Activism, like art, is an act of imagination. 

So let us return to that scene of Homer’s and to the confrontation between Penelope and Telemachus. Let’s imagine that when Telemachus ordered Penelope back to her quarters, when he denied her the right to muthos– public speech – that she refused to go. Let’s imagine that Penelope insisted on speaking and that when she spoke she was not alone. Let’s imagine that the wiser, more confident men had intervened. Let’s imagine they said:

Telemachus, be silent. Listen to the words of this woman. This space of public speech is one that is to be shared. She is wise and will have good counsel for she has experienced the pointless slaughter of the Trojan wars too. Listen to her.

Shifting the social balance of gender, power and speech is at the heart of what the Women’s Manifesto addresses – opening up ways of imagining and working for a different future, an equal future.

The PEN International Women’s Manifesto

PEN International Women’s Manifesto. Reproduced with permission

The first and founding principle of the PEN Charter asserts that ‘literature knows no frontiers’. These frontiers were traditionally thought of as borders between countries and peoples. For many women in the world – and for almost all women until relatively recently – the first, and the last and perhaps the most powerful frontier was the door of the house she lived in: her parents’ or her husband’s home.

For women to have free speech, the right to read, the right to write, they need to have the right to roam physically, socially and intellectually. There are few social systems that do not regard with hostility a woman who walks by herself.

PEN believes that violence against women, in all its many forms, both within the walls of a home or in the public sphere, creates dangerous forms of censorship. Across the globe, culture, religion and tradition are repeatedly valued above human rights and are used as arguments to encourage or defend harm against women and girls.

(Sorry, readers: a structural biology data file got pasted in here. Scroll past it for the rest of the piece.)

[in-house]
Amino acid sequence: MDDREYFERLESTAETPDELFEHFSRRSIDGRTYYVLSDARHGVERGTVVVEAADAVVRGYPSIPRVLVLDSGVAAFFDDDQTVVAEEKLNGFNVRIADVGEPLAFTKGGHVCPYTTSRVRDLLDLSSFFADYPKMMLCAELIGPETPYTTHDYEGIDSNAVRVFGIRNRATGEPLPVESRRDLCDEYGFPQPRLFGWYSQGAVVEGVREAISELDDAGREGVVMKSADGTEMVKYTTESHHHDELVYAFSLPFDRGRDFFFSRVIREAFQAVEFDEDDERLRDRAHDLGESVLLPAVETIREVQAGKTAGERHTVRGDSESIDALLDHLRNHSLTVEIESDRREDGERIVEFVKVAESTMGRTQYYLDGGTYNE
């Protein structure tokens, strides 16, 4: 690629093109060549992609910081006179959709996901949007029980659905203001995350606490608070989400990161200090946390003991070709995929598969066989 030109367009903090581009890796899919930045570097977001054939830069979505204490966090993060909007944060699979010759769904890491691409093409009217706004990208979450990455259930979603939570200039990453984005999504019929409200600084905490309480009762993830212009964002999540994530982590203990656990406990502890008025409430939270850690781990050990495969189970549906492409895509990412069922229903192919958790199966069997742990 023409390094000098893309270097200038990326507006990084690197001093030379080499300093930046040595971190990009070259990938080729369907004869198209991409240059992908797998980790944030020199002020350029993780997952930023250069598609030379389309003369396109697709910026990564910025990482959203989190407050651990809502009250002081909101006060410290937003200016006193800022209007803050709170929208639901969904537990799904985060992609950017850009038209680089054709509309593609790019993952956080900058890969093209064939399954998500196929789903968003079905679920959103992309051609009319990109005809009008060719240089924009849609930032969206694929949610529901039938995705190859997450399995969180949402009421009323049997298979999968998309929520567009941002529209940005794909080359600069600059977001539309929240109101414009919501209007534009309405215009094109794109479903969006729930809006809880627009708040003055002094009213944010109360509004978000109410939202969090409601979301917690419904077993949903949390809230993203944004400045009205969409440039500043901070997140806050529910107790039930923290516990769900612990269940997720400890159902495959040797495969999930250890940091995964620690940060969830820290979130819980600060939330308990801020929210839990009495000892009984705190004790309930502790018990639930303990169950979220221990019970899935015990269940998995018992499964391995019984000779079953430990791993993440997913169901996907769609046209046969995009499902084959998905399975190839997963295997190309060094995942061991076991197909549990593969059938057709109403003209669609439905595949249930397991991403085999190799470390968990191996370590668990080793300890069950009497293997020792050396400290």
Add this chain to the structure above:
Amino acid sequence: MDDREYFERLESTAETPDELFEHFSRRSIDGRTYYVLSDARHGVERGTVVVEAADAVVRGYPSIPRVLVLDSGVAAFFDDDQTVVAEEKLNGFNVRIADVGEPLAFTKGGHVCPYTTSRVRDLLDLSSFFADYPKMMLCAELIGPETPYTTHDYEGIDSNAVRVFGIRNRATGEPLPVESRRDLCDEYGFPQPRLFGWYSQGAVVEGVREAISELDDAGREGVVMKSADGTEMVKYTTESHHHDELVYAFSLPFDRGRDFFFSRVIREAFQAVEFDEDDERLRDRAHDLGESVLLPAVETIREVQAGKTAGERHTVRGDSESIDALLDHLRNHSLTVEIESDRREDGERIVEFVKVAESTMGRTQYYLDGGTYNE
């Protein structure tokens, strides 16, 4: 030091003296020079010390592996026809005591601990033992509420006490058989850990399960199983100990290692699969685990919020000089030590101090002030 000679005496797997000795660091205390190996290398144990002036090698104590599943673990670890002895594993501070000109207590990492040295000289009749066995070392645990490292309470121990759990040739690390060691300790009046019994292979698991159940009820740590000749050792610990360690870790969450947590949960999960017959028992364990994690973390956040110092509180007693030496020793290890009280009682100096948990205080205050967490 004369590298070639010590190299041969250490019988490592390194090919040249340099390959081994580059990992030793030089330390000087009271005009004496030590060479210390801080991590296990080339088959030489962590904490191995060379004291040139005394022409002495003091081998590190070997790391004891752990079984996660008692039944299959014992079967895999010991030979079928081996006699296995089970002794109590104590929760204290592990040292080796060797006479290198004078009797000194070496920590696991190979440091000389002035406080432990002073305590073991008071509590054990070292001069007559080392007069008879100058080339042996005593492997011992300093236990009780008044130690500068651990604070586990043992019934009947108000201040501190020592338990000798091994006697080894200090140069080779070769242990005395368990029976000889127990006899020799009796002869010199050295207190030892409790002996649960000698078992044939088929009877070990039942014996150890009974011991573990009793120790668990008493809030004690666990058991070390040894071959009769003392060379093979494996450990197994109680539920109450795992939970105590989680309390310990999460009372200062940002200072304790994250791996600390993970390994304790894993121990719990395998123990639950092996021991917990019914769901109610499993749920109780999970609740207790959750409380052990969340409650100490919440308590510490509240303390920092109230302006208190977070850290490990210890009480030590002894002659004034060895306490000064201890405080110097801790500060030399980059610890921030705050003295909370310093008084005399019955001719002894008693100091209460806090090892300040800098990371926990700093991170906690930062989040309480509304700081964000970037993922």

PEN International Women’s Manifesto. Reproduced with permission

PEN believes that the act of silencing a person is to deny their existence. It is a kind of death. Humanity is both wanting and bereft without the full and free expression of women’s creativity and knowledge. As Salil Tripathi, chair of PEN’s Writer’s in Prison Committee, writes:

Women who defend human rights, women who speak in public, and women who engage in controversial debates have been subjected to insults by latter-day Telemachuses all the time. Some have been vilified, like Priyamvada Gopal in the UK when they speak on race and colonialism, some have been attacked for campaigning to have a British currency note with the image of a woman, like Caroline Criado Perez, some have seen their morphed images spread on the Internet, like Rana Ayyub in India, some have been insulted by heads of state, like Maria Ressa in the Philippines. Some, like Nasreen Soutedeh in Iran, remain in jail, some, like Asli Erdogan in Turkey, face prosecution, and some, like Svetlana Aleksiyevich in Belarus, are questioned by those with power because they speak truth to those with power. And then some, like Daphne Caruana Galizia in Malta and Gauri Lankesh in India have been murdered. 

Amnesty International has shown, through detailed research, how mobs on the Internet seek to silence women who engage in the public sphere. Recognising the Women’s Manifesto is but the starting point in understanding the restraints being placed on women. It is incumbent on all those who care for free expression to make sure that their voices are not silenced; that their access is not withdrawn; that they are not shouted down; and to do that, the world needs to read more women, and listen more to women, and on all issues, not only about issues that the patriarchy decides as ‘women’s issues. 

Salil Tripathi, chair of PEN’s Writers in Prison Committee